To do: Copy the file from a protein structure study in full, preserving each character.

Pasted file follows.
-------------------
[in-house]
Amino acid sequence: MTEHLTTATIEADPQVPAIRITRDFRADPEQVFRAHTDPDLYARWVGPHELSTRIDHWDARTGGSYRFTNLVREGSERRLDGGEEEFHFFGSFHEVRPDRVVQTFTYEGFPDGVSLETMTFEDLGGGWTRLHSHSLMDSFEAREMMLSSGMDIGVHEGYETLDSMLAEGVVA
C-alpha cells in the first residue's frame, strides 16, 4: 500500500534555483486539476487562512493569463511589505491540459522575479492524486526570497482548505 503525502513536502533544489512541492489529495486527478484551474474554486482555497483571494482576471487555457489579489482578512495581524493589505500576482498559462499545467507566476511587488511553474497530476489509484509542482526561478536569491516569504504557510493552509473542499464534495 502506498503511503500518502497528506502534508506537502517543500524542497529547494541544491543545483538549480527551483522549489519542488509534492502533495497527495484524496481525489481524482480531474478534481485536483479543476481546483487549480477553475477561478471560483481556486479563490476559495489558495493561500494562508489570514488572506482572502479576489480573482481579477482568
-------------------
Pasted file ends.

[in-house]
Amino acid sequence: MTEHLTTATIEADPQVPAIRITRDFRADPEQVFRAHTDPDLYARWVGPHELSTRIDHWDARTGGSYRFTNLVREGSERRLDGGEEEFHFFGSFHEVRPDRVVQTFTYEGFPDGVSLETMTFEDLGGGWTRLHSHSLMDSFEAREMMLSSGMDIGVHEGYETLDSMLAEGVVA
C-alpha cells in the first residue's frame, strides 16, 4: 500500500534555483486539476487562512493569463511589505491540459522575479492524486526570497482548505 503525502513536502533544489512541492489529495486527478484551474474554486482555497483571494482576471487555457489579489482578512495581524493589505500576482498559462499545467507566476511587488511553474497530476489509484509542482526561478536569491516569504504557510493552509473542499464534495 502506498503511503500518502497528506502534508506537502517543500524542497529547494541544491543545483538549480527551483522549489519542488509534492502533495497527495484524496481525489481524482480531474478534481485536483479543476481546483487549480477553475477561478471560483481556486479563490476559495489558495493561500494562508489570514488572506482572502479576489480573482481579477482568